ST ANDREWS, Scotland — Some players believe they are always destined for greatness, but many more never even dare to imagine achieving such success. For the longest time, Zach Johnson was very much in the latter category.
If you had tried to tell Johnson 15 years ago that he would eventually win both the Masters and The Open Championship during his career—a double that has eluded some of the greatest players ever—he believes you would have received a derisive answer.
"I would have said, 'Whose [jacket] am I trying on, and whose [Jug] am I touching?'" Johnson joked Monday as he sat there holding the Claret Jug that had been freshly inscribed with his name.
His green jacket, of course, already hangs in the Augusta National clubhouse. In the eight years since he won the Masters, Johnson's unassuming on-course demeanour and precise, unflashy playing style have seen him slip back into a sort of anonymity, but this win puts him in a bracket with the sport's most recognisable figures.
"I'm just a guy from Iowa that has been blessed with a talent," Johnson added. "And this game provides great opportunity."
His two prized trophies will soon be united after the 39-year-old claimed the 2015 Open Championship with a play-off victory over Louis Oosthuizen and Marc Leishman. He will be able to pair the two items for a photo, something only 13 players in the history of the game have previously been able to do.
"It's a feat just to be invited to those tournaments," Johnson added. "To win at Augusta and to win The Open Championship at St Andrews, it's hard to put it into words. I'm blessed. I'm humbled."
Johnson, who briefly shared the first-round lead on Thursday before slowly becoming lost in the shuffle of one of the most packed leaderboards in major championship history, shot a final-round 66 in windy and often wet conditions to set a daunting clubhouse target at 15 under par, a mark many players scrambled to surpass but only Oosthuizen and Leishman were ultimately able to match.
The trio were then sent out for a four-hole play-off, as Johnson birdied the opening two holes to again snatch the lead before watching on as Oosthuizen proved agonisingly unable to hole putts down the stretch to mount a comeback.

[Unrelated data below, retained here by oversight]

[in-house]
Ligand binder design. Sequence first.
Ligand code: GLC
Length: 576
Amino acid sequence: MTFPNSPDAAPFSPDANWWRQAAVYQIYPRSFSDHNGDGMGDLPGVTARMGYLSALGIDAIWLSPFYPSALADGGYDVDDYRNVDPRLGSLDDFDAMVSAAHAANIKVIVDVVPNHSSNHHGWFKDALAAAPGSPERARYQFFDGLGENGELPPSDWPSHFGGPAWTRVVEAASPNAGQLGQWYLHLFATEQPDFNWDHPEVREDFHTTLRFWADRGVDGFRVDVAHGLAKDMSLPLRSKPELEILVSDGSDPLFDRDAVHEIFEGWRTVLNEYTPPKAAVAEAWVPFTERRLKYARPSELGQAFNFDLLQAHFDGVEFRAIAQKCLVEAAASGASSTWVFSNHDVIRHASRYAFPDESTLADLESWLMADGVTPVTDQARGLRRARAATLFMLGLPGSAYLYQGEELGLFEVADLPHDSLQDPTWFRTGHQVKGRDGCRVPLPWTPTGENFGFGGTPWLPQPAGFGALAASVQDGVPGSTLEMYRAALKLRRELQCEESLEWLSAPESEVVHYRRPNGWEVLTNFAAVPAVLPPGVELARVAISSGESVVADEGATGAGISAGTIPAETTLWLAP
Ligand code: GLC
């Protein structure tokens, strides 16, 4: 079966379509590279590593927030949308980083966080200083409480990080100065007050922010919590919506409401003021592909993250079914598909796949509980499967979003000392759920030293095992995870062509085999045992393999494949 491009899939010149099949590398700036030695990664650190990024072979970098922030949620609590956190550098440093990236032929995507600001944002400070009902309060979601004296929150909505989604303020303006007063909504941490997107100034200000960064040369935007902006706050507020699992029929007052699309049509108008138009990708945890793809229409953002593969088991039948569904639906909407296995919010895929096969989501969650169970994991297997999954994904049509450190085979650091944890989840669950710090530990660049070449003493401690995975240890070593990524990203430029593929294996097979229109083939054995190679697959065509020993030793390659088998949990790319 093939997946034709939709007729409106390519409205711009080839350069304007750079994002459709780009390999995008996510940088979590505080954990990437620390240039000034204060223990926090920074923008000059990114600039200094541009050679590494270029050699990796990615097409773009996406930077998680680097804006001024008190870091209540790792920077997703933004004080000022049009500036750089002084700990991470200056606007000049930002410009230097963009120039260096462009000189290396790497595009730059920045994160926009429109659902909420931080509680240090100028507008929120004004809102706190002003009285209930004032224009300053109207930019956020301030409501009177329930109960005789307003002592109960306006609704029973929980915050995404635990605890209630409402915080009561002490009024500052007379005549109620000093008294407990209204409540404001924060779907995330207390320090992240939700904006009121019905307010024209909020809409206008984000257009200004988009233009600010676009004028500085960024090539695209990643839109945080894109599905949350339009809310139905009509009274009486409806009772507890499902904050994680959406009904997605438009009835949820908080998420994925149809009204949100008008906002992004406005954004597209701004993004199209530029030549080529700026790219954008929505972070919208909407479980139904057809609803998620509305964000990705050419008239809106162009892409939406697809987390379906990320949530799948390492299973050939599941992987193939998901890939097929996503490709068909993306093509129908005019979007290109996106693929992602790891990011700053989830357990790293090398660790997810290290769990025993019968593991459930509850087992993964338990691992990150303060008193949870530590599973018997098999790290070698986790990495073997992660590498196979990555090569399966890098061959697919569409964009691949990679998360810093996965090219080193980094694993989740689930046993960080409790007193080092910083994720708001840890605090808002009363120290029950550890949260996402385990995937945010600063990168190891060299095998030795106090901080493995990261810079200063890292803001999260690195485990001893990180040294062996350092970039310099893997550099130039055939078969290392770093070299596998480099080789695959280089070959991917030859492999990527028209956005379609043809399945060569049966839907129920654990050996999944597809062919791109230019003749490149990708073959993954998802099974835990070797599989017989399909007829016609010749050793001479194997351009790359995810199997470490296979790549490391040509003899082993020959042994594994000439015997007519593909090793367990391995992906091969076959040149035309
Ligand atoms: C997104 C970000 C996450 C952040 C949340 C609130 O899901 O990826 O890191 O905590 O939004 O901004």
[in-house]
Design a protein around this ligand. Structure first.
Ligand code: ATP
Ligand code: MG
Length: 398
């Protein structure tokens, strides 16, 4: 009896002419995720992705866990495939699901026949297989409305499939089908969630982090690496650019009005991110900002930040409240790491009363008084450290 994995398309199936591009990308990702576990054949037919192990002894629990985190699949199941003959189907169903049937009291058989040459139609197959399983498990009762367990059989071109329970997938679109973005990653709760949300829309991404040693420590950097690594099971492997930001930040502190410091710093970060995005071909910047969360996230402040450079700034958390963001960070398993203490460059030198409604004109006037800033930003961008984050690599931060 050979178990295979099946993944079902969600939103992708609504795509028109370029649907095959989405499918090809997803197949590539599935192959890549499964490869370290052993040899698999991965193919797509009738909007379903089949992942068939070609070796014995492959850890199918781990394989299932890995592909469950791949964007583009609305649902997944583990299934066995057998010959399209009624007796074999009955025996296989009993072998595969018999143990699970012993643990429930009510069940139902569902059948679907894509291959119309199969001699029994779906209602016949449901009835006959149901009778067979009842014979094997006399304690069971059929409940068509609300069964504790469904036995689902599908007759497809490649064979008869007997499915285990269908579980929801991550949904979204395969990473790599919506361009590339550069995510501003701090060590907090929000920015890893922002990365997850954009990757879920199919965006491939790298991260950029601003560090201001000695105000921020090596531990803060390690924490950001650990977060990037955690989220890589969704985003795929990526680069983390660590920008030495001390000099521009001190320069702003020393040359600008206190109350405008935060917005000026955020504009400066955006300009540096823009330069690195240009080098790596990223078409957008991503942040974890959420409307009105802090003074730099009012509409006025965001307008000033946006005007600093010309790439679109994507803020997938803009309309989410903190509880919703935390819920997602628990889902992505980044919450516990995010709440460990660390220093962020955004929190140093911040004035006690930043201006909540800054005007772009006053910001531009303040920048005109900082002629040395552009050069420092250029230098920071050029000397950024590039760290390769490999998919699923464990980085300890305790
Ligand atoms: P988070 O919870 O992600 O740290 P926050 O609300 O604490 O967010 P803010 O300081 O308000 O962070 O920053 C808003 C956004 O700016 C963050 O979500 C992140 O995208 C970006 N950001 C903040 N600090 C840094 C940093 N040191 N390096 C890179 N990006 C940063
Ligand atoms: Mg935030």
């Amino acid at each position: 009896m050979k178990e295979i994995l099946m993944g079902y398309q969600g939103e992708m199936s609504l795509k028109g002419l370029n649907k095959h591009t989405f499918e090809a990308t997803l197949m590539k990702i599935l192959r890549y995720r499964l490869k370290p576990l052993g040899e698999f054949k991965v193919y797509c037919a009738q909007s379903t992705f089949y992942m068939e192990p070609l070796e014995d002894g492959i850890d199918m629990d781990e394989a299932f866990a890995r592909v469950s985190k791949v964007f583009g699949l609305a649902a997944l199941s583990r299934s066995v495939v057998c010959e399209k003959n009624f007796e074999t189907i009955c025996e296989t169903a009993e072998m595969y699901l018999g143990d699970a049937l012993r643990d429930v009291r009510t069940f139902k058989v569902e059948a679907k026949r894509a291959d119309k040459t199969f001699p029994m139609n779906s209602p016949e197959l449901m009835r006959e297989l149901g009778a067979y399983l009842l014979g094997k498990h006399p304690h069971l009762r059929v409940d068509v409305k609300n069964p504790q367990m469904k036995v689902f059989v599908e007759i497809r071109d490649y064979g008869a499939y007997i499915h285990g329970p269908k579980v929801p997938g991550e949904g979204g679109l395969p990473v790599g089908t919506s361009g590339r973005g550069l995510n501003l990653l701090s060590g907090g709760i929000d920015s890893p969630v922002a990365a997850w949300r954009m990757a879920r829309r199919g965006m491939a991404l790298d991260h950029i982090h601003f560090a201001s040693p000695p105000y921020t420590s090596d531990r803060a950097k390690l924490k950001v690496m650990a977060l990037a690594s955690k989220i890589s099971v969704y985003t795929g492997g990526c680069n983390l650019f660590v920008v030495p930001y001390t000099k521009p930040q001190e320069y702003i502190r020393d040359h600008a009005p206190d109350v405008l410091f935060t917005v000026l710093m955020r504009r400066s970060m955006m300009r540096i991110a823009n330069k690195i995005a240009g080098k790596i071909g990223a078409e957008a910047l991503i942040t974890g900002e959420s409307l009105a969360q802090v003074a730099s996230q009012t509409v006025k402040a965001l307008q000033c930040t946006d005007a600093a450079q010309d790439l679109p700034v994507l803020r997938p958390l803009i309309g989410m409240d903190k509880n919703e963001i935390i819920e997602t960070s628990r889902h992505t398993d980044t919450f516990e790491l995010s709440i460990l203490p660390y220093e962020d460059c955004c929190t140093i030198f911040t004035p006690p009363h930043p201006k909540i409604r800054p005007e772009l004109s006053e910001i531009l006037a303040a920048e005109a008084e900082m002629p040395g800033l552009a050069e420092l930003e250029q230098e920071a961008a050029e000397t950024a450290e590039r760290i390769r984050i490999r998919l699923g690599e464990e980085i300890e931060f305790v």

"I left myself a little bit too much to do," Oosthuizen said. "But that's how it goes, and congrats to Zach."
The list of Masters and Open winners reads as a who's who of golfing royalty: Sarazen, Snead, Hogan, Palmer, Nicklaus, Watson, Faldo, Ballesteros, Woods, Mickelson...and now Johnson.
Those who lifted the Claret Jug at St Andrews makes for an even smaller list, previously comprising of just Snead, Nicklaus, Woods, Faldo and Ballesteros. Johnson mentioned earlier in the week that he often flew "under the radar," a comment that felt like a euphemism for being underrated or even disrespected.
If that was the case—and it probably was—it will be hard to do so now.
"I guess that radar is going bonkers right now," he agreed when asked to reflect further on those comments. "You know, I don't mind being in that position. When my game is good, certainly I surface on the radar. [But] I don't know if it's ever really beeping on me."
A second major victory always elevates a player into a new bracket in the golfing pantheon (to some extent, anyone can win one major, yet no "bad" player has ever claimed two), but the sheer prestige of Johnson's two victories forces a complete re-evaluation of his stock. The Iowa native now has 12 PGA Tour victories to his name, more than Dustin Johnson, Sergio Garcia or Adam Scott.
Those guys may have a few years in which to catch him, but Johnson's CV is nevertheless one most of his contemporaries would kill to possess.
Few ever pegged Johnson as a likely Masters champion until he put on a putting (and short game) masterclass on a brutally difficult week at Augusta eight years ago. His Open win feels similarly unlikely, with Johnson admitting earlier in the week it took him a few years to fully understand the particular demands of the championship.
He loved the challenge, however, and slowly began to understand the nuances, with top-10 finishes in 2012 and 2013 giving him an added confidence in his ability to compete. The 2012 experience was particularly informative, as he ended up playing alongside the eventual champion, Ernie Els, in that final round at Royal Lytham & St Annes.
"I got to witness what it takes to come from behind," Johnson recalled of that experience. "It was fun to witness...that was a couple days that stuck out there."